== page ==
*Part 3/7 of The Safest Summer Camp in the World. If you haven’t caught up, click HERE.

Sunlight on a lake puts everyone in a good mood; kids, doubly so. There are about fifty of them, My Mother used to sing a song when we’d go to the beach as a kid:


We’re going to the beach!

I love the beach- weee…

She was a lawyer. A group of kids have a Frisbee. The tell me in Russian that it is called “Flying Plate.”

I play a bit. A few of them are doing gymnastics on the side. We are beside a horse farm, occasionally the Frisbee will go over. One kid or another chases after it to the tune of “Oh come on!”

They duck under the fence. There is a sign with a lightning bolt on it, something written in Finnish. The kids are allowed to swim in shifts. Eventually the Frisbee players are called into the water. I walk to the shore. S is splashing about among them with a floating Go-Pro.

“Come!” he calls.

I shake my head. He gives me a disappointed look. He rallies the kids until all are chanting for me to get in. I sigh, take of my shirt and walk over to where S is standing.

“Yay,” I say–toneless and shivering.

I splash about a bit, go under. It feels nice. Then, someone cries out. I turn to find all of the kids holding each other under, one by one. I look at S, he is coming toward me, arms outstretched, smiling.

“You’re turn,” he says. His hands are on my shoulders. The body of a kid named Misha floats by.

“Wait–no!” but it’s too late, he has me under. I struggle and manage to get loose. I come up, choking. S is advancing.

“Oh–fucking wait!”

He looks confused–a bit sad.



“But, didn’t K tell you?”

I don’t respond.

“So you must?” he says. I sigh and don’t move. He takes it as a sign and comes closer. I am under for forty-five seconds–it’s hell. Then, I’m being pulled up. The water is blurring my eyes. I hack up a bunch of water. S is still holding my arms.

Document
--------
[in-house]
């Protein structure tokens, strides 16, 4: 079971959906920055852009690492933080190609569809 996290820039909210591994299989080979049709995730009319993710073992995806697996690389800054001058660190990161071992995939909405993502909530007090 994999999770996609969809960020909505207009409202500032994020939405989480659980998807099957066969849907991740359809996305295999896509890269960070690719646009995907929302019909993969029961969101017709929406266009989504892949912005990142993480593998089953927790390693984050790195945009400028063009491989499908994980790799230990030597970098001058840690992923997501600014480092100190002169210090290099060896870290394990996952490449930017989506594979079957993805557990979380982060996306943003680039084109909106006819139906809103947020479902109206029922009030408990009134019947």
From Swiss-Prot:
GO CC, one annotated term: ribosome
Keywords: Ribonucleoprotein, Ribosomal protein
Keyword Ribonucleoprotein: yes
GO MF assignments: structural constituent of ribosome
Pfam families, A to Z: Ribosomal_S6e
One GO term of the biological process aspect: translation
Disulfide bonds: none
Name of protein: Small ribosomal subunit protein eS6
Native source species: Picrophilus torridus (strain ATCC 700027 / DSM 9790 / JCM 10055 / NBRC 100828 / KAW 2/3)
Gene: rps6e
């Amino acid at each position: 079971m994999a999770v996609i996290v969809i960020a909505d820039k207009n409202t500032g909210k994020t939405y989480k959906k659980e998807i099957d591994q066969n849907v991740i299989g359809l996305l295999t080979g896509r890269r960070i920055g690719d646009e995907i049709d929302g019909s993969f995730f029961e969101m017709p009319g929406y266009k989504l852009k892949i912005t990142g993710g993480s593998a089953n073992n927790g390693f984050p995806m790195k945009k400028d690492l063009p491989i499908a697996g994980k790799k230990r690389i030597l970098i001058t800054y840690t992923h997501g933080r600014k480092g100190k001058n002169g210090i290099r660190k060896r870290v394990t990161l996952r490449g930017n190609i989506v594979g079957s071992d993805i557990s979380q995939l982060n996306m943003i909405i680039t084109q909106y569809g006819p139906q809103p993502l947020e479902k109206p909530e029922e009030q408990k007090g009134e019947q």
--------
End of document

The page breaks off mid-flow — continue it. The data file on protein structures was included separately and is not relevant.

“Sorry–” he says, “but what is this called?”


“This.” he pushes me back under the water, then pulls me up.

I claw at his arms and back away. “Drowning! it’s called freaking drowning, man.”

S smiles. “Ah! I like that word.”

He comes closer. I hold up my hand.

“No! Hell no,” I start walking to shore, nudging the corpse of Misha out of my way. S calls after me. “Wait! We have to.”

I turn with some pretty dark language loaded into my tongue. But, from behind S, one of the other councilors dunks him under. I watch him die, shaking my head. I walk back to the kids playing Frisbee. It’s a group that have all died already. They are looking at me, disapproving. No one throws me the Frisbee. So, I go and stand beside the horse pasture. One of the younger students, a girl with glasses named Dasha, comes up beside me.

“Why didn’t you–” she points at the lake. I sigh.

“I just don’t like it,” I say, controlling my tone.

She frowns. “You’re not a fun teacher, are you?”

She walks away before I can respond. I feel somehow guilty. I look at the fence–the kids, the fence.

“Dasha?” I call. She turns.

“Check this out then,” I say, managing a small smile.

I grab the fence.

I am dead in seconds.


A Writer and an artist living in Russia

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